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Air legislation - Essay Example

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Air legislation can be defined as the air laws overriding Air Transport, Air Navigation and the Maintenance of Civil Air craft and its equipment to the required minimum Air worthiness standards provided by the country’s laws. Air legislation involves numerous requirements and…
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AIR LEGISLATION Air legislation can be defined as the air laws overriding Air Transport, Air Navigation and the Maintenance of Civil Air craft and its equipment to the required minimum Air worthiness standards provided by the country’s laws. Air legislation involves numerous requirements and regulations. Requirements are the standards applied in civil aircraft and do not have to be accepted by Parliament. Regulations are the air laws that are appropriate to civil aircraft and must be approved by Parliament. The role of these laws is to ensure there is proper regulation of indoor air quality for human health protection by governing the air pollution emission from human sources into the atmosphere.
The center of gravity of an aircraft is its central imaginary point where it would balance when suspended. This point is important because it helps to determine an aircraft’s elevator effectiveness and stability and has an effect on the aircraft’s performance. For a successful flight the center of gravity should always fall within the stated limits provided by the aircraft’s manufacturer. These limits are the stated lateral and longitudinal limits where the center of gravity an aircraft must be situated during flight and is indicated in the aircraft’s manual. A change in the aircraft’s forward center of gravity increases the stability and the aircraft behaves as if it is heavier. This makes the aircraft to resist movement to outside forces. With the forward movement of the center of gravity, the aircraft is heavier on the nose. Change of the center of gravity from its required forward limit makes the elevator to be unable to hold its nose up especially during takeoff, landing and power-off glides.
Performance of the aircraft decreases with a forward center of gravity. This creates a greater downward power on the aircraft’s tail needed to maintain the level cruising flight. This makes the aircraft to soar at a greater angle of attack which leads to a higher indicated stall speed and a more drag. An aft change of the center of gravity decreases the aircraft’s stability because the aircraft becomes more unstable as the center of gravity moves to the aft. This is because the elevator has a short arm distance from the center of gravity and therefore it needs a more deflection to produce an equal result. Stall recovery is almost impossible as the aircraft’s tendency to pitch down has been reduced. Moving the center of gravity beyond the aft limit makes the stall and spin recovery difficult. Change of the aft center of gravity increases performance because there is required descending dynamism on the tail of the aircraft is less and this reduces the lift required by the wing. The wing acquires an advanced cruise speed and flies at a lower angle of attack.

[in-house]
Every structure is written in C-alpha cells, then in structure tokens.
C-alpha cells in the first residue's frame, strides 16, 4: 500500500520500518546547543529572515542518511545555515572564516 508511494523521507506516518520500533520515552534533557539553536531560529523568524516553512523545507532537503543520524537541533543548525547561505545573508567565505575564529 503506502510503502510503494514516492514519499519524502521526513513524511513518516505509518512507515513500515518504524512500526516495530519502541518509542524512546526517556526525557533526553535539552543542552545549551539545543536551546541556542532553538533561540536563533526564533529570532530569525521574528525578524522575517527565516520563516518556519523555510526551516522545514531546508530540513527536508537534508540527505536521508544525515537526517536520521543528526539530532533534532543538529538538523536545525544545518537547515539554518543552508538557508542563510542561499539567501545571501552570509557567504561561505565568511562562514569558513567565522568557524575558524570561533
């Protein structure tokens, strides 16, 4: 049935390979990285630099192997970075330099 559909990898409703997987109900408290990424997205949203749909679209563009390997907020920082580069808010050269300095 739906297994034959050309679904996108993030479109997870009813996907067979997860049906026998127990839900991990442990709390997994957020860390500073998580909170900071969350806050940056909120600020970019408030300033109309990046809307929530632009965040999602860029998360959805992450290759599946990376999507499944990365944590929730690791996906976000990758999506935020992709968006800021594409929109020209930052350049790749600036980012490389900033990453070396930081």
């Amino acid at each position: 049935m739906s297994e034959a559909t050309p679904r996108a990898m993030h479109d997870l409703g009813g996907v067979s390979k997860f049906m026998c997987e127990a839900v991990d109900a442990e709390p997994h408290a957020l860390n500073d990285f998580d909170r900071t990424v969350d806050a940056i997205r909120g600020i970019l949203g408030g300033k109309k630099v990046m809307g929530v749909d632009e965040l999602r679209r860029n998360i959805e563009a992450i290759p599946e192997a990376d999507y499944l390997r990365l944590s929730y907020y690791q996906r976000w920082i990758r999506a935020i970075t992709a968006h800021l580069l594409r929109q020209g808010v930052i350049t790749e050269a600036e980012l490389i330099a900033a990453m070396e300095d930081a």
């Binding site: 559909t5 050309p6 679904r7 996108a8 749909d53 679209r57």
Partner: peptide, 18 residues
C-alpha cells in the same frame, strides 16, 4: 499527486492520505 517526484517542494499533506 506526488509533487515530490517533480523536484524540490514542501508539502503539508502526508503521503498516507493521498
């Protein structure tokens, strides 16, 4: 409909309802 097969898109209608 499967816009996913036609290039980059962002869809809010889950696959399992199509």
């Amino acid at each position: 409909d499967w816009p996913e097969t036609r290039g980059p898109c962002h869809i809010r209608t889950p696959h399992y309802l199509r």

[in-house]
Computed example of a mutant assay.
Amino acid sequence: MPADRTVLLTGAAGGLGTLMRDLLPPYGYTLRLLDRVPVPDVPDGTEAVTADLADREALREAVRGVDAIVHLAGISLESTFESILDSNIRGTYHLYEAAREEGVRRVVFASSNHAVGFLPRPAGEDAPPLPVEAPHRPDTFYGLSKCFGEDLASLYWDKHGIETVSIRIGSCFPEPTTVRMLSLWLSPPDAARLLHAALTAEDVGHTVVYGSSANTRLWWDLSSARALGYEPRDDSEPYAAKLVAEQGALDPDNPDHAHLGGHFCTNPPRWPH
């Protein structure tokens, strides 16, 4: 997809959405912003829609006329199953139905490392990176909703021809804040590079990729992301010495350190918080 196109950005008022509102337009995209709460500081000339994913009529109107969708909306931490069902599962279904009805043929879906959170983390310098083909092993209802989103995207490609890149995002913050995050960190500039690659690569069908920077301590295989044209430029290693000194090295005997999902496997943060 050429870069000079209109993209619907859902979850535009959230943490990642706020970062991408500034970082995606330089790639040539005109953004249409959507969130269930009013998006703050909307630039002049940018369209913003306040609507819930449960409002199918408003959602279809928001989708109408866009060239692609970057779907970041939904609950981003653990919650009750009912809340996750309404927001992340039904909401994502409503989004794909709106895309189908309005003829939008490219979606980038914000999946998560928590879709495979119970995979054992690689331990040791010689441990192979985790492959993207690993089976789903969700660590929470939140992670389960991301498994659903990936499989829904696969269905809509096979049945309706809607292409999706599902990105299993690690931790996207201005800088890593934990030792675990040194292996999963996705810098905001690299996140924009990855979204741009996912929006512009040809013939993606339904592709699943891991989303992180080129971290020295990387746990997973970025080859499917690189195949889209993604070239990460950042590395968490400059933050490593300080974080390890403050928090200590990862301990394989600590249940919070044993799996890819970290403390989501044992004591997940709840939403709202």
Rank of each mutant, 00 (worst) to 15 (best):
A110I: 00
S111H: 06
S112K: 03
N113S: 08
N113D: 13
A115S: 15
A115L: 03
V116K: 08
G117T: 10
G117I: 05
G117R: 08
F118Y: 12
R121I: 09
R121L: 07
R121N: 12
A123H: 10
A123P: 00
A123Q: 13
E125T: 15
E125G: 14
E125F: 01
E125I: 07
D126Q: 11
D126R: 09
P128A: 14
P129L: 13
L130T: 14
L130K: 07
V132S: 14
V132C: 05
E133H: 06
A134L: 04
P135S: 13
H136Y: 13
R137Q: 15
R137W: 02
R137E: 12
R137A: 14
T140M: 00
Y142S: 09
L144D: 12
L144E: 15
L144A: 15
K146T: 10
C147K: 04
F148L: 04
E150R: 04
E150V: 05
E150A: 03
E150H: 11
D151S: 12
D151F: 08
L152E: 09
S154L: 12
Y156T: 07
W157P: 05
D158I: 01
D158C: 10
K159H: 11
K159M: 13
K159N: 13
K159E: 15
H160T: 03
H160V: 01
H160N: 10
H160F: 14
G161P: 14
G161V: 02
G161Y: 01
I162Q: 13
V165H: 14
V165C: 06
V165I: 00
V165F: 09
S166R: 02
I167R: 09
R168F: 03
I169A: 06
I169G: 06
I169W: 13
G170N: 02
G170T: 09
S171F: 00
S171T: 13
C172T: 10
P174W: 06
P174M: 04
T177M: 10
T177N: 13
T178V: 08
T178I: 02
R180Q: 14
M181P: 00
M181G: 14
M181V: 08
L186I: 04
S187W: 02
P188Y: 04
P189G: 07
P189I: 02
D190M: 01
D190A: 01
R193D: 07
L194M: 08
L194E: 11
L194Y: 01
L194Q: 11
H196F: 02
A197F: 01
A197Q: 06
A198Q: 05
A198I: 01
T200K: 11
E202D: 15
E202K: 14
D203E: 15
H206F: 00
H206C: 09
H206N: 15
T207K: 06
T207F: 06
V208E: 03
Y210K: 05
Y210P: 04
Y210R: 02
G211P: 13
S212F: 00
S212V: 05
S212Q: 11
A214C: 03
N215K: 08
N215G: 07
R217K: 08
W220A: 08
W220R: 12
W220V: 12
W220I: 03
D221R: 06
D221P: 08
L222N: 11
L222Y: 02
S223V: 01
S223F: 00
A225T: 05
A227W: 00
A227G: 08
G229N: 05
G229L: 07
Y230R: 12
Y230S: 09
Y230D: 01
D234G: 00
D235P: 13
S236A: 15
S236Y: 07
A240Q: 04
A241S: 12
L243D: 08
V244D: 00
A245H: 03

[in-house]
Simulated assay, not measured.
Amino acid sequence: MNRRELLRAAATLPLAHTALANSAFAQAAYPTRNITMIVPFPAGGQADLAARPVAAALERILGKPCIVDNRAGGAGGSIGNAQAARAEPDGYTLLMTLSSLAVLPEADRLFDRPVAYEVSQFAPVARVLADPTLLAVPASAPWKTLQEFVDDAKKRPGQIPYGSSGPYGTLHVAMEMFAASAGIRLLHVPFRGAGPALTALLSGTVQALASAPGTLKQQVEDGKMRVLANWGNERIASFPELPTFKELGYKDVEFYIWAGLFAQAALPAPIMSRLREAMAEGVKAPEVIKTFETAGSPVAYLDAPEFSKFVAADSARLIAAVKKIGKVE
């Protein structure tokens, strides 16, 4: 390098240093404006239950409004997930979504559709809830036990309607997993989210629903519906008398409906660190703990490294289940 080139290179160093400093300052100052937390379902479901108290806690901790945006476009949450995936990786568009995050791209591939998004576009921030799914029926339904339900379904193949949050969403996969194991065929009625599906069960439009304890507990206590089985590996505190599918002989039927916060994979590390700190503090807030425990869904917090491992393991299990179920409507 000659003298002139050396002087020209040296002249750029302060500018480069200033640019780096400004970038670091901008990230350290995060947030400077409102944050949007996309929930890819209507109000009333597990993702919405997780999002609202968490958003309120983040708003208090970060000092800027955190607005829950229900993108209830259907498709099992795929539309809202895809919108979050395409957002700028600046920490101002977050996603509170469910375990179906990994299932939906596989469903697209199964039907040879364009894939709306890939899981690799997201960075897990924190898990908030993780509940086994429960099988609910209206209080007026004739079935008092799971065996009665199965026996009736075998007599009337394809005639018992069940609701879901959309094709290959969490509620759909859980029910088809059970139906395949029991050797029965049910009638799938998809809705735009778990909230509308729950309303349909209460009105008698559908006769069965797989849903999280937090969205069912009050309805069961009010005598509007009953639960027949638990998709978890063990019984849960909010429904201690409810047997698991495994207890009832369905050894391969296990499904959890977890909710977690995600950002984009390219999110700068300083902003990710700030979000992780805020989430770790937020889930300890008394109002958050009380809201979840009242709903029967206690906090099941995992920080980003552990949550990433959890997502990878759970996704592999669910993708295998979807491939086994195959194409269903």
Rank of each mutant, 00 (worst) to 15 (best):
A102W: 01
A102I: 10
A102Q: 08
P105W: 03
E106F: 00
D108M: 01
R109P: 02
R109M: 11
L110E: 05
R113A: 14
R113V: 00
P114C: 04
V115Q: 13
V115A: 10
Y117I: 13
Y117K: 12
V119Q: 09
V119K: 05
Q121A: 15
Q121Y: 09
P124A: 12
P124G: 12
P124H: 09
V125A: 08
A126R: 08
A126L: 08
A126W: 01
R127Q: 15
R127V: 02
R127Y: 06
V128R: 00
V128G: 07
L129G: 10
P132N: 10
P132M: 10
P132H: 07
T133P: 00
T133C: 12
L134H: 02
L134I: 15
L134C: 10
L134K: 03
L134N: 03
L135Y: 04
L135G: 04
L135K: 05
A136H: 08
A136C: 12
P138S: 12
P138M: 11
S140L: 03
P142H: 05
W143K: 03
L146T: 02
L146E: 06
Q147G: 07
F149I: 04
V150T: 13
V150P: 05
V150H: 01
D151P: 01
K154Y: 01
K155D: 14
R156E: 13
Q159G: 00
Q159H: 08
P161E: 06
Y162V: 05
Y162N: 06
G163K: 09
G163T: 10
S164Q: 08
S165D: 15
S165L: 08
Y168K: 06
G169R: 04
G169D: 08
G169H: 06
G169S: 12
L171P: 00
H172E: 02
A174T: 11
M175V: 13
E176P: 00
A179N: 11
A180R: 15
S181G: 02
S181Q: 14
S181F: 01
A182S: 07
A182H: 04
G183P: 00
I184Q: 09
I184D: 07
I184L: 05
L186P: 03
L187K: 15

An aircraft’s center of gravity is not permanently fixed on a strategic point as its location mostly depends on weight distribution in the aircraft. When the variable load objects are shifted, the aircraft’s center of gravity location changes. If the center of gravity of the aircraft is displaced too forward on the longitudinal axis, its nose will be too heavy. Flying an imbalanced aircraft can make its pilot to be exhausted quickly creating safety threat and flight inefficiency. It should also be note that excessive trimming the aircraft’s load may reduce its aerodynamic efficiency and also reduce the primary control travel distance in the location of trim application.
Increased weight on the center of gravity will reduce the rate and angle of climb, reduce the aircraft’s cruising speed, and reduce maneuverability. It will also make the aircraft to have a longer takeoff run than required; it will also have a longer landing roll than needed. Change of the center of gravity of the aircraft results to a higher takeoff speed than the required, it will also increase the landing speed and the stalling speed.
Smith, Hubert. Illustrated Guide to Aerodynamics. New York: McGraw-Hill Professional, 1991. Read More
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